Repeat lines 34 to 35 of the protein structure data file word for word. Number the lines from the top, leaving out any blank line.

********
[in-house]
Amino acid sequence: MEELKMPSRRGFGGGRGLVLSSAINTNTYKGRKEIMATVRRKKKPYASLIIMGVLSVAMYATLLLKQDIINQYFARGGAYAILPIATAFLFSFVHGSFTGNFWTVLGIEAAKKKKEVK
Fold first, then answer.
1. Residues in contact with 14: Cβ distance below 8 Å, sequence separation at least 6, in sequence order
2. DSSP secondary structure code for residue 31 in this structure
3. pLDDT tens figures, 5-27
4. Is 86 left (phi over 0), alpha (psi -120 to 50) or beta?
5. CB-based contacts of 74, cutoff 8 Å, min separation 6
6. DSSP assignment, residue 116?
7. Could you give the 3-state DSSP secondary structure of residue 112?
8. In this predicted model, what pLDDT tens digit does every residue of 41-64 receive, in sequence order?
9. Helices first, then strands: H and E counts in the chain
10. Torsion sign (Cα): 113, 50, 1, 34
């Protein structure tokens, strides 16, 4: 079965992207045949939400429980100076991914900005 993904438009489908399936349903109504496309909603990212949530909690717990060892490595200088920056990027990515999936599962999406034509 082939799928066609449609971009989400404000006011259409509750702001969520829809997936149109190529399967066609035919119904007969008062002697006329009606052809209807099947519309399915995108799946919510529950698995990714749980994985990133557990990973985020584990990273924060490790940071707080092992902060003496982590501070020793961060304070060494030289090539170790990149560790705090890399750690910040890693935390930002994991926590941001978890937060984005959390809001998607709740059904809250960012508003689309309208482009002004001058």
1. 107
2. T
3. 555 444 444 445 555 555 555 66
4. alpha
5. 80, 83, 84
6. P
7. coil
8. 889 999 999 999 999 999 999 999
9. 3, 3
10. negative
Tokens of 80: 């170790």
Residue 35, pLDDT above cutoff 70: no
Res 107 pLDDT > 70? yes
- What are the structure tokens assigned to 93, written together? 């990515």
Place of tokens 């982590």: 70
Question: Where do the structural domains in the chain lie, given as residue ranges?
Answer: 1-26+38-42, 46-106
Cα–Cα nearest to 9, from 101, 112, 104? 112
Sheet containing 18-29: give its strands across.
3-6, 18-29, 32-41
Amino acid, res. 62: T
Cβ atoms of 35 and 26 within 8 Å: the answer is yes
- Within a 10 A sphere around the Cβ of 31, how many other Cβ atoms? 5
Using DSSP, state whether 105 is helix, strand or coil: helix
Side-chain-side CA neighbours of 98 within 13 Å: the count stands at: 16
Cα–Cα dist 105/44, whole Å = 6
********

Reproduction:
3-6, 18-29, 32-41
Amino acid, res. 62: T